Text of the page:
Frog Holler Strawberries

These are among the best strawberries I ever tasted. The best being in a patch of those tiny Michigan wild strawberries that my sister, my cousin and I found one day playing in a shady ditch. There were so many berries we filled our hands and ran back to tell my Aunt Marte of the treasure. She promptly sent us off with many small buckets, admonishing us not to eat ANY (like the Eye of Sauron, she would know if we ate even one) and not to come back until the buckets were full. She was planning to make jam. 


Here's what perfect strawberries look like: deep ruby red color from top to bottom and tight shiny skin.  Each berry is a discrete individual. Many different sized berries - medium ones being my favorite. They have a heavenly perfume that you would like to dab behind your ears.  Fresh green rustle-y leaves.  When you bite into a berry, the red goes clear to the heart and the inside is almost sparkly. The berries from Frog Holler glow as if  lighted up from inside. How do they do that? 


On one of the food email lists that I'm on, people are very conscious about the cost of  produce and want to buy when supplies are high and costs are low.  I wonder how other people prioritize the experience of eating perfectly ripe, carefully handled, organically and sustainably grown berries like these that you can only get for a few weeks once a year.  Do people notice all the things that make them so very good?  


A quart of these berries, absolutely perfect in every way and none to throw away,  is something I'd rather have than a $9 movie. And I would easily trade the experience of eating them for a $7.50 snack at a coffee shop. And probably even for an expensive dinner at a fancy restaurant.  These berries are so good,  paying $6 quart for them seems like not much for what I get in return. There is part of me that still thinks that's expensive. The part of me that remembers getting berries this good free for the picking on my grandparents farm.  However, that part of me now lives in Arizona in a retirement community with plenty of cactus and no strawberries at all.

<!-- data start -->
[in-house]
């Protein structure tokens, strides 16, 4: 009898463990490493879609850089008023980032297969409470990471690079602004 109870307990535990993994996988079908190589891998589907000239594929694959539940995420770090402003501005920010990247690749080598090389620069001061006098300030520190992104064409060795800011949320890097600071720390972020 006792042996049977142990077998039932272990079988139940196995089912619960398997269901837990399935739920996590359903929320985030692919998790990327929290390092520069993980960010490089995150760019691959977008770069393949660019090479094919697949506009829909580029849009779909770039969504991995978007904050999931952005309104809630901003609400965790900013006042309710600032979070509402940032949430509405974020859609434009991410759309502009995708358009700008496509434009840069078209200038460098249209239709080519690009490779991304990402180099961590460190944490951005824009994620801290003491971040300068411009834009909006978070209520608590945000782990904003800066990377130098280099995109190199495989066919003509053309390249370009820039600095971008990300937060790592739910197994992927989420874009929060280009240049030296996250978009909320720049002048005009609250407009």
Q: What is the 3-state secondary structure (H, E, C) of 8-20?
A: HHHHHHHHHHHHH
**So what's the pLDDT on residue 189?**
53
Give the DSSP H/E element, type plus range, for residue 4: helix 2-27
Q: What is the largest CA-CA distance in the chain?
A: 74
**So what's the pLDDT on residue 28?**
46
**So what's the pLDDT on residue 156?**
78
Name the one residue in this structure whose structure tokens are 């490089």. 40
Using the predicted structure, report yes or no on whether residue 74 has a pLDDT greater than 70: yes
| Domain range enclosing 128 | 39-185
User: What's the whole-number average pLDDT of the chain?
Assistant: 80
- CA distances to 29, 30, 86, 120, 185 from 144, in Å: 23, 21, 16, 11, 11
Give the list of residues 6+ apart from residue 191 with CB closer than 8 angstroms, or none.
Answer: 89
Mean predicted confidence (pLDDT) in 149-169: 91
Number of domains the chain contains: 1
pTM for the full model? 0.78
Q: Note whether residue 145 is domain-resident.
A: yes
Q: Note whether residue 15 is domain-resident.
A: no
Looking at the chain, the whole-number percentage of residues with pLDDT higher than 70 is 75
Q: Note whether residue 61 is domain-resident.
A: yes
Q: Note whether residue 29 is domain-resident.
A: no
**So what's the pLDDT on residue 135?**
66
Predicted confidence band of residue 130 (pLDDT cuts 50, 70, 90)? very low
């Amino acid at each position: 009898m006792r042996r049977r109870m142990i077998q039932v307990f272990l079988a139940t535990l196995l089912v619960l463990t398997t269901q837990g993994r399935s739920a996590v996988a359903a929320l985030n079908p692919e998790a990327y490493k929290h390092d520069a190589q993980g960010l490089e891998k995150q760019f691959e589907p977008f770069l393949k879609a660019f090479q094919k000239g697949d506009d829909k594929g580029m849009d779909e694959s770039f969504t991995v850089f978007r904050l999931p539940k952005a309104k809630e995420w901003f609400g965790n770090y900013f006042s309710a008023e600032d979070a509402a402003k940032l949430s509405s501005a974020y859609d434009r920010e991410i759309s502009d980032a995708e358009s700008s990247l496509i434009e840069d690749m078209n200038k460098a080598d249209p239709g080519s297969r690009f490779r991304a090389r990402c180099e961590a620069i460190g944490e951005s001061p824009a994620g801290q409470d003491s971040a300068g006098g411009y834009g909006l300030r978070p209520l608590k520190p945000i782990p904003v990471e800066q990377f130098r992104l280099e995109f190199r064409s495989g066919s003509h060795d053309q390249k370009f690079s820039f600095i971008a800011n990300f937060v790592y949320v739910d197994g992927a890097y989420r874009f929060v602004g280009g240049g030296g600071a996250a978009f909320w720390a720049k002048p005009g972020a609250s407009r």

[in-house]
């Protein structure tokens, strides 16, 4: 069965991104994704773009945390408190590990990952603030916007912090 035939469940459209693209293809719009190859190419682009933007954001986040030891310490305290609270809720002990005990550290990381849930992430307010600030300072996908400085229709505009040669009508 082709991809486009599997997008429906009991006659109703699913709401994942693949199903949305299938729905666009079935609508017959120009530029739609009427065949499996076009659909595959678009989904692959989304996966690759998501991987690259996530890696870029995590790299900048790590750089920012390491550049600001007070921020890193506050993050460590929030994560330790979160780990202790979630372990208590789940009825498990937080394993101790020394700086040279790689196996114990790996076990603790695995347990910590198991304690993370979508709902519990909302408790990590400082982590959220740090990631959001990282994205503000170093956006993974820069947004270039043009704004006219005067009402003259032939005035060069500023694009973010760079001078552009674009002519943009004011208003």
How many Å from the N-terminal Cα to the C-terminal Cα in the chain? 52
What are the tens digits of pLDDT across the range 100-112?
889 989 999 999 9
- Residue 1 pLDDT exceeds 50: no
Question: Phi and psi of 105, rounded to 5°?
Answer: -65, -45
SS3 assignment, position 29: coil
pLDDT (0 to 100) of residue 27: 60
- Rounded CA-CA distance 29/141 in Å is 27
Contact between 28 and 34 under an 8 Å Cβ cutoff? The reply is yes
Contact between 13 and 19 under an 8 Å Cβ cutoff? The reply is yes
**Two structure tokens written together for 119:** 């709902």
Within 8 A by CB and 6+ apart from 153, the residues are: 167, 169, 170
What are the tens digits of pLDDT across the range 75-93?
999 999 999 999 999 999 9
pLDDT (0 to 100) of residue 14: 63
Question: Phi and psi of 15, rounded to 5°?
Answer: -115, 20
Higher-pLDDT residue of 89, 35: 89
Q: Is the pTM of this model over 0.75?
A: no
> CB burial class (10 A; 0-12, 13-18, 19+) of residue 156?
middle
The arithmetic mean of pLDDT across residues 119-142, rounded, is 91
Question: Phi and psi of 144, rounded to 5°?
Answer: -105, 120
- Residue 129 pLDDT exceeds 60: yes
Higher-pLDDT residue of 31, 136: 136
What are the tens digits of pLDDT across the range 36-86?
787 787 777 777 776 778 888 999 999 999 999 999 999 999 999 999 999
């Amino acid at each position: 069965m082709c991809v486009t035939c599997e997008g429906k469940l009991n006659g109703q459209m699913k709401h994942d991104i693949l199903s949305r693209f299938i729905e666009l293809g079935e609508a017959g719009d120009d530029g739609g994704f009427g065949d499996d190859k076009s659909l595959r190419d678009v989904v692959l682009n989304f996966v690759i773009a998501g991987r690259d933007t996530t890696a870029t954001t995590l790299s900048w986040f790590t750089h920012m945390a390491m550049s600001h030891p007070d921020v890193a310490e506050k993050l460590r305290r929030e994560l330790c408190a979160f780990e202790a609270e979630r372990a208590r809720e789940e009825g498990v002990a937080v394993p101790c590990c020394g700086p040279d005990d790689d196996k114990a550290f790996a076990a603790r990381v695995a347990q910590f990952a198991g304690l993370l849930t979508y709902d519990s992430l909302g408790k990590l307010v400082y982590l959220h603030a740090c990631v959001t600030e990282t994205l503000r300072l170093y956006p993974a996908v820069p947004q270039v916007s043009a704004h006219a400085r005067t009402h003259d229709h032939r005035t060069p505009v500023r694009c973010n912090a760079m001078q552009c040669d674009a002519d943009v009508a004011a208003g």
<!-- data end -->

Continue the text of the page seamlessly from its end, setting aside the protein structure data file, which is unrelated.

Just about the only thing I can think of that would be better than the box of perfect strawberries in my fridge right now is finding that patch of wild strawberries from long ago. And because it's long gone by now, the memory of that patch and that day 30 years ago, may now be sweeter than the berries ever were.  That's the thing about food. Eating it is one thing, and thinking about it is another. 

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